Editor’s Note: As our coverage of the 2016 NFL Draft and its impact on fantasy football continues, we bring you our 2016 Rookie SWOT series. These articles will feature video highlights, combine reviews, strengths, weaknesses, opportunities, threats, short-term expectations, long-term expectations and rookie draft advice for over 30 of the best dynasty league prospects from this year’s draft. We’ll follow that up with team-by-team draft reviews because, you know, that’s kind of what we live for.
Make sure you’re ready for your dynasty league rookie draft by staying up on all these articles, checking out our rookie draft guide, rookie rankings, rookie draft cheat sheet and mock draft rooms. There are simply no better resources out there for dynasty fantasy football enthusiasts.
Name: Josh Doctson
Position: Wide Receiver
Pro team: Washington Redskins
College team: TCU
Draft Status: Round One, Pick #22 overall
[am4show have=’g1;’ guest_error=’sub_message’ user_error=’sub_message’ ]
Weight: 202 LBS
Hands: 9 7/8”
Arm Length: 31 7/8”
Bench Press (225 LBS): 14 Reps
40-Yard-Dash: 4.5 Seconds
3-Cone-Drill: 6.84 Seconds
20-Yard-Shuttle: 4.08 Seconds
Vertical Jump: 41 Inches
Broad Jump: 131 Inches
- Great hands coupled with height and catch radius make him a good red zone threat
- Excellent body positioning and high-points the ball well
- Good route-runner with the footwork to match it
- Can work the sidelines well, but isn’t afraid to go over the middle
- Wins contested catches with hand-strength and competitive will
- Above-average speed, and good with the ball in his hands after the catch
- Comes back to the ball well and knows how to help his quarterback on broken plays
- His age (23)
This goes against everything I believe in, but his number one “weakness” for dynasty purposes has to be his age given the consensus stance on Kelvin Benjamin entering the league. Doctson turns 24 on December 23rd, and is no spring chicken.
- Needs to bulk up and add strength if he’s going to beat NFL press coverage (NFL corners will not be giving him the kind of cushion he’s accustomed to)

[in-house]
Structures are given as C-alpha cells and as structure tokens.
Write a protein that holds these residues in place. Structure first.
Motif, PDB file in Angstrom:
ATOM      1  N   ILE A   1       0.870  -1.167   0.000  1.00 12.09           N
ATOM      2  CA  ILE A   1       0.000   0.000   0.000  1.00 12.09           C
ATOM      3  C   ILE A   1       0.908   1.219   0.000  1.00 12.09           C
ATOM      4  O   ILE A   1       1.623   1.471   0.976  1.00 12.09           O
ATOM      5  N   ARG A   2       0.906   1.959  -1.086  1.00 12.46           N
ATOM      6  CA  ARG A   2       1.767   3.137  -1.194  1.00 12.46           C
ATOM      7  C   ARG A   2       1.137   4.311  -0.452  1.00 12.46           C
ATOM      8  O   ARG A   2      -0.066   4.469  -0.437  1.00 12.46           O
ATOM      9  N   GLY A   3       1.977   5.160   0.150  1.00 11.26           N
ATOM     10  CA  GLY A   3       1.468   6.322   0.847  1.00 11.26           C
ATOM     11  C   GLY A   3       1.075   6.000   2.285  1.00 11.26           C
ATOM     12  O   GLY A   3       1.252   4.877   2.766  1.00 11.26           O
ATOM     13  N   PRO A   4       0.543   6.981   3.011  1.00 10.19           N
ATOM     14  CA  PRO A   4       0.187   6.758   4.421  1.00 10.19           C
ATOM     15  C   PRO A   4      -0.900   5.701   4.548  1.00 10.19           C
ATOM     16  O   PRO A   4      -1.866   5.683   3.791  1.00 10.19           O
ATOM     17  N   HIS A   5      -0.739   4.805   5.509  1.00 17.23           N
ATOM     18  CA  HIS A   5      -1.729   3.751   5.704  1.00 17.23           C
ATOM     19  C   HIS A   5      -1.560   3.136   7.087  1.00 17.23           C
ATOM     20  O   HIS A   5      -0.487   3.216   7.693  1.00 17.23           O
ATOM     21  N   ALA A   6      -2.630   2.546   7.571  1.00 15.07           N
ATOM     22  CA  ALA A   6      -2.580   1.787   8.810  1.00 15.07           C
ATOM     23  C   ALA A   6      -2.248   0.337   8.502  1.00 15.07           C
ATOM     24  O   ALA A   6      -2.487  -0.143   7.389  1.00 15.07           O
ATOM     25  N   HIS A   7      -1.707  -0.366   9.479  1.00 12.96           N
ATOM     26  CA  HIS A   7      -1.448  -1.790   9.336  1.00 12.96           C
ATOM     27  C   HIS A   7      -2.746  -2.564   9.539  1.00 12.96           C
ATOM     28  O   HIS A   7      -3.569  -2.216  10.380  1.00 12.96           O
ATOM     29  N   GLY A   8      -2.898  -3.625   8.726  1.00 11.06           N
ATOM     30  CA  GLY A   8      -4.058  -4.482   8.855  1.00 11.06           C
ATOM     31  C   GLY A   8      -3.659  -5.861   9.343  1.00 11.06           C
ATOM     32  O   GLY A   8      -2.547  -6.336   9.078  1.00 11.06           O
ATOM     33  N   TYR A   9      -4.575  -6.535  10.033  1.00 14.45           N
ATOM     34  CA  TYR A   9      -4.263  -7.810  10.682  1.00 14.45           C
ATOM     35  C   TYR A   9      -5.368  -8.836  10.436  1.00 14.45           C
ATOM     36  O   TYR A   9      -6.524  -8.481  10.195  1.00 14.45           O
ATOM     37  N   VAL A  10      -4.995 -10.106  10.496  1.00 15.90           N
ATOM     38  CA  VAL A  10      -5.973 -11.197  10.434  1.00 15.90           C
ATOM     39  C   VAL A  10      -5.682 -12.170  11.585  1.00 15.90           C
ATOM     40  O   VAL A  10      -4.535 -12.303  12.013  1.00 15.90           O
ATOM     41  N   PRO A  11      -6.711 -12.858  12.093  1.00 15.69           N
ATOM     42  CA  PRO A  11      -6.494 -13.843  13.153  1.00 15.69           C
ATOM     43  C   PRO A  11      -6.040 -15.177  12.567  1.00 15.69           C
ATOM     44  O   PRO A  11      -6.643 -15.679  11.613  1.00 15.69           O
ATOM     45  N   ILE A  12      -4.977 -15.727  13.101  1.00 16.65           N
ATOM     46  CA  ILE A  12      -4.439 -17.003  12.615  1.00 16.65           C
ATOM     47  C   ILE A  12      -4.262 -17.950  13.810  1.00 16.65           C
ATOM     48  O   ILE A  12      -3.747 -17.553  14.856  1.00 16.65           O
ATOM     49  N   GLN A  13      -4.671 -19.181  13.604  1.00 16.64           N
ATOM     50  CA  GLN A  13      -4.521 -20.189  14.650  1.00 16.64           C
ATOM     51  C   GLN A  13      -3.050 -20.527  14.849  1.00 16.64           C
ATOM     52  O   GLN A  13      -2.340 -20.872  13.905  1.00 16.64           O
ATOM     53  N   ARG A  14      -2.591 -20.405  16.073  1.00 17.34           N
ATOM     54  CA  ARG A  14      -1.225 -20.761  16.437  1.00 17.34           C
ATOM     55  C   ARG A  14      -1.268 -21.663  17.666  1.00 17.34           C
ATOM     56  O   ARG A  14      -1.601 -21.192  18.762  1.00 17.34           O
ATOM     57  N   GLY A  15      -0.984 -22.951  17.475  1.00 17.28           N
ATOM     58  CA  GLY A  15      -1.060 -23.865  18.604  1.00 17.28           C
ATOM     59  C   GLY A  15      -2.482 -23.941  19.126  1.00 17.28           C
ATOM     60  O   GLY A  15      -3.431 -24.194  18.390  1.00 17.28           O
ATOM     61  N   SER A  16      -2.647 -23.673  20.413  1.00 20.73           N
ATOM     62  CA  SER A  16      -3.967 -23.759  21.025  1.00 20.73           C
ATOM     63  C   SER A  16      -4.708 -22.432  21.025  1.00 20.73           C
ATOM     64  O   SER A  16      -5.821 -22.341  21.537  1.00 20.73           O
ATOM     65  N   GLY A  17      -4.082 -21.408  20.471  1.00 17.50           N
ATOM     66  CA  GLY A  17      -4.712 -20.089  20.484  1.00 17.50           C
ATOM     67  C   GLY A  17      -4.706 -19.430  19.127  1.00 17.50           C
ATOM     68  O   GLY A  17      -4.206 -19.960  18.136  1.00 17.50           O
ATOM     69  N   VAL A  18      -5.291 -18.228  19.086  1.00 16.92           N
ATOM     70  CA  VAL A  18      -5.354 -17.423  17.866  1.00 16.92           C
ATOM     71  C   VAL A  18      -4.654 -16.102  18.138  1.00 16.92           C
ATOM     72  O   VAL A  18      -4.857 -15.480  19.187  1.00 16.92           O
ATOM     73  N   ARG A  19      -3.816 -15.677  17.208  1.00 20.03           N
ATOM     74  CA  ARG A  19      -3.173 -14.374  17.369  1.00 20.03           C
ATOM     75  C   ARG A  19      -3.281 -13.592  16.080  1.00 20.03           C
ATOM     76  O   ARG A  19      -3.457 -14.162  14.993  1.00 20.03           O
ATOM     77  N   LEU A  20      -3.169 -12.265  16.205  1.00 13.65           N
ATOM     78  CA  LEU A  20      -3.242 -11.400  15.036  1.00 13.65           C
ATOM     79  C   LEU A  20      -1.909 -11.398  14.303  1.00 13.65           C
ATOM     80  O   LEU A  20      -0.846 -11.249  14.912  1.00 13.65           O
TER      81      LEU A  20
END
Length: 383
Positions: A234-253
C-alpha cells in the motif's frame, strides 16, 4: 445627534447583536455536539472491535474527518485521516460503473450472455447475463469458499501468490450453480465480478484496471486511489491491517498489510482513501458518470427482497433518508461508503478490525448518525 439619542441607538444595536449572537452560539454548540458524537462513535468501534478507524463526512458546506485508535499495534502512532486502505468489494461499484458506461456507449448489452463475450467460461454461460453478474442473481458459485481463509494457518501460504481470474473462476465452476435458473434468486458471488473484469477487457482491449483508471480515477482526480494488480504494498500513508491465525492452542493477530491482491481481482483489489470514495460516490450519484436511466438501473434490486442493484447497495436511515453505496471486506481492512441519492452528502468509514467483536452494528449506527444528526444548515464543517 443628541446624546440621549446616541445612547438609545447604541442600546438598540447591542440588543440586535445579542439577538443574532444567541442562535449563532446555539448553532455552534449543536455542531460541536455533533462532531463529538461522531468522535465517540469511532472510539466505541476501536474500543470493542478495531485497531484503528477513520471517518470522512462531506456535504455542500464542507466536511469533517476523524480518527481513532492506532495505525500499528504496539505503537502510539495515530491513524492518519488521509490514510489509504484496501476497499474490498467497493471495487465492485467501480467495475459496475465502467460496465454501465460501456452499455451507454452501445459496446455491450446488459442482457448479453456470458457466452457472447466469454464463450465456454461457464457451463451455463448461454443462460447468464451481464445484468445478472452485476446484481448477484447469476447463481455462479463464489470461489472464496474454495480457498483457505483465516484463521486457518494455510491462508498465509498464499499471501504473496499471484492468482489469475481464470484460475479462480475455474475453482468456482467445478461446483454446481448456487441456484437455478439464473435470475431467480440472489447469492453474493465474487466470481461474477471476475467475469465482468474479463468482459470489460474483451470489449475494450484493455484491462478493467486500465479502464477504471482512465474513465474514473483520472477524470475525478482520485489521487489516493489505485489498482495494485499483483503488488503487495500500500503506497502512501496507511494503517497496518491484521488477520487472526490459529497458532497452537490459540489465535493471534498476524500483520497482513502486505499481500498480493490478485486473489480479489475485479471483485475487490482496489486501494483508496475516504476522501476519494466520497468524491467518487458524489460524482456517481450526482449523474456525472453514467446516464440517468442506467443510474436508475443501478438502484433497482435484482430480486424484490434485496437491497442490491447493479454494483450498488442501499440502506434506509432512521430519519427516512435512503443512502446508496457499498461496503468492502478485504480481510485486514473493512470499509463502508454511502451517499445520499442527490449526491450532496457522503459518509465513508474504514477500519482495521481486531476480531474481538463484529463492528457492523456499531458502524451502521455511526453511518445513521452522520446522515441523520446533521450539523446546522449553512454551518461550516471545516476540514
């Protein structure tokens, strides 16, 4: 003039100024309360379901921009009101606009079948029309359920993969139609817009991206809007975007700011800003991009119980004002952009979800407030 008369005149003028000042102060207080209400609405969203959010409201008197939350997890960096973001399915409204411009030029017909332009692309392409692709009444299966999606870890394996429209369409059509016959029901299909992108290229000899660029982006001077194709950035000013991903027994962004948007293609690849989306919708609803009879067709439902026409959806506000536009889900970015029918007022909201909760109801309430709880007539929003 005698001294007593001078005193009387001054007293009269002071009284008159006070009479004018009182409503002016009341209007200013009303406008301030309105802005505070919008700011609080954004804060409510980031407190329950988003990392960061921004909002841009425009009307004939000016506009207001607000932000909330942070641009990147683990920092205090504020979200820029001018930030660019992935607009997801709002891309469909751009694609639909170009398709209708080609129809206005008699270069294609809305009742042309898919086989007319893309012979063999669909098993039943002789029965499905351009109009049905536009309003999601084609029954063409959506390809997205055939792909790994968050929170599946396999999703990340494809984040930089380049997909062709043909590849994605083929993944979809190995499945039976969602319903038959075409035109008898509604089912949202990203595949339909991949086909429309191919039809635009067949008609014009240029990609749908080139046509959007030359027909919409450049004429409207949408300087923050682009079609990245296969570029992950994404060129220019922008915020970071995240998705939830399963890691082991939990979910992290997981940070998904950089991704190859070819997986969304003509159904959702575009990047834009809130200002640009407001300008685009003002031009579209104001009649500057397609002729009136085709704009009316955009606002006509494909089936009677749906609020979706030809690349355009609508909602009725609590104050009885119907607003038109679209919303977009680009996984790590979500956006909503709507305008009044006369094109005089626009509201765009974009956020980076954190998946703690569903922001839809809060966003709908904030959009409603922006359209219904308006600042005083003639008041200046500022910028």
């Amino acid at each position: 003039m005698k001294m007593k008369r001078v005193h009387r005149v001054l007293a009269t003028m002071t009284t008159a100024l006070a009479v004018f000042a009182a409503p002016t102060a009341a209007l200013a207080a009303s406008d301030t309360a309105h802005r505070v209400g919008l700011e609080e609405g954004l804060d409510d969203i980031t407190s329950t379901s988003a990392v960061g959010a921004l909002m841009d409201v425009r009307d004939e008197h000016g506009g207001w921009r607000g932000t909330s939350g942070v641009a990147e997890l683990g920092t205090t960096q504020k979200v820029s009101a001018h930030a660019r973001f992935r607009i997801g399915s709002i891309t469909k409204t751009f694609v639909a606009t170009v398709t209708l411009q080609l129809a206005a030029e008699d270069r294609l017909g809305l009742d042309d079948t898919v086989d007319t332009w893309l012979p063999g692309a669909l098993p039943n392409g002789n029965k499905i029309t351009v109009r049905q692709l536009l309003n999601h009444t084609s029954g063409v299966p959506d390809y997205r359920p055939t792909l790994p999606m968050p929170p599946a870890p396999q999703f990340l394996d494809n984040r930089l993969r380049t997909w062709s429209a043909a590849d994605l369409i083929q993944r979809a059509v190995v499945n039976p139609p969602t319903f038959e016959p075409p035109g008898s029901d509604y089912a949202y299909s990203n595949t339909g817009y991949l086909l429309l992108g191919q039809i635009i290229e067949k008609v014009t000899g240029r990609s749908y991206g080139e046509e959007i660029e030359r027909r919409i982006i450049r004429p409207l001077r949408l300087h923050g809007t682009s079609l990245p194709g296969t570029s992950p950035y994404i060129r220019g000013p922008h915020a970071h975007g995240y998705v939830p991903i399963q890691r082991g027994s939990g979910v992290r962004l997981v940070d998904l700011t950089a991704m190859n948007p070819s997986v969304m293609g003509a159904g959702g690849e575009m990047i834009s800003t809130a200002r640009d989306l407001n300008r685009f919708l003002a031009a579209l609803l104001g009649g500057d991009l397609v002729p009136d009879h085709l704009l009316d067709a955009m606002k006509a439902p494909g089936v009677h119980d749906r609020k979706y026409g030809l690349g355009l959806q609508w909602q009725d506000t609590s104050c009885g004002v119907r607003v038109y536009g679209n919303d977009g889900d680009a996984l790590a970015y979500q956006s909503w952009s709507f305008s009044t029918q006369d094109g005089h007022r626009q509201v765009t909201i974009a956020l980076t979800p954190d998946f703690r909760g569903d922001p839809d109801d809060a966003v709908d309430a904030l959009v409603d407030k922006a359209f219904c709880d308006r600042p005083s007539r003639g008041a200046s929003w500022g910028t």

This is his most glaring weakness. If you check the tape, you will see him from time to time getting beaten up by pressing corners getting physical with him causing him to disappear from plays. If he can add 10-15 LBS without jeopardizing his speed and agility, he’ll be golden, but that remains an “if.”
- Must improve his hips and the fluidity of his routes to be team’s a number one receiver in the NFL
- Needs to improve as a run-blocker, which should come with added strength
Overall Skill Set
Doctson was the third receiver taken in this year’s NFL Draft and for good reason. He has the size and speed combo you look for in a number one receiver at the pro level, and has exceptional, strong hands he consistently uses to catch the ball away from his body with. He’s not as strong as he should be for his size and won’t be breaking too many tackles unless he adds to his frame, but he has great vision and will make would-be tacklers miss in the open field. He benefited from a lot of open space in college, and was rarely pressed, but the tape shows he struggled with it when he was. He’ll need to get stronger and more physical against press coverage to be featured at the next level because he will not be enjoying the cushions he was at TCU. If he can bulk up a little while maintaining his speed and agility, he’ll be the real deal.
I’ve heard a lot of (greatly uninformed) chatter that Pierre Garçon might be let go before the 2016 season, but ESPN Redskins reporter John Keim reported yesterday (May 3) that he fully expects Garçon to stick on the roster, which makes perfect sense. Washington has done most of the spending we expect them to this off-season and it wouldn’t make any sense for them to send a totally capable veteran receiver packing who actually managed to put together a half-way decent stat line just last season (72 Receptions for 777 Yards and six touchdowns). Doctson will enter training camp as the Redskins’ WR4 behind Garçon, DeSean Jackson and Jamison Crowder. While I really like Crowder as an up-and-coming slot receiver and think Garçon will again be a reliable-handed receiving option for Kirk Cousins in 2016, I think it will be tough to keep Doctson off the field. To that end, I think it is fairly likely we see Doctson taking over Washington’s WR2 duties for Garcon before long, with Crowder handling slot duties. Could it be as early as this season?
The biggest threat to Doctson’s dynasty value is the play of Kirk Cousins. If Cousins plays at a high-level and becomes a mainstay of the Washington offense, Doctson should be in good shape. However, if Cousins’ play is inconsistent and the offense sputters, Doctson’s team could before long be just another without an answer at quarterback. And, allow me to let you in on a little secret – a team with a question mark at the helm of their offense tends not to help their receivers’ fantasy production.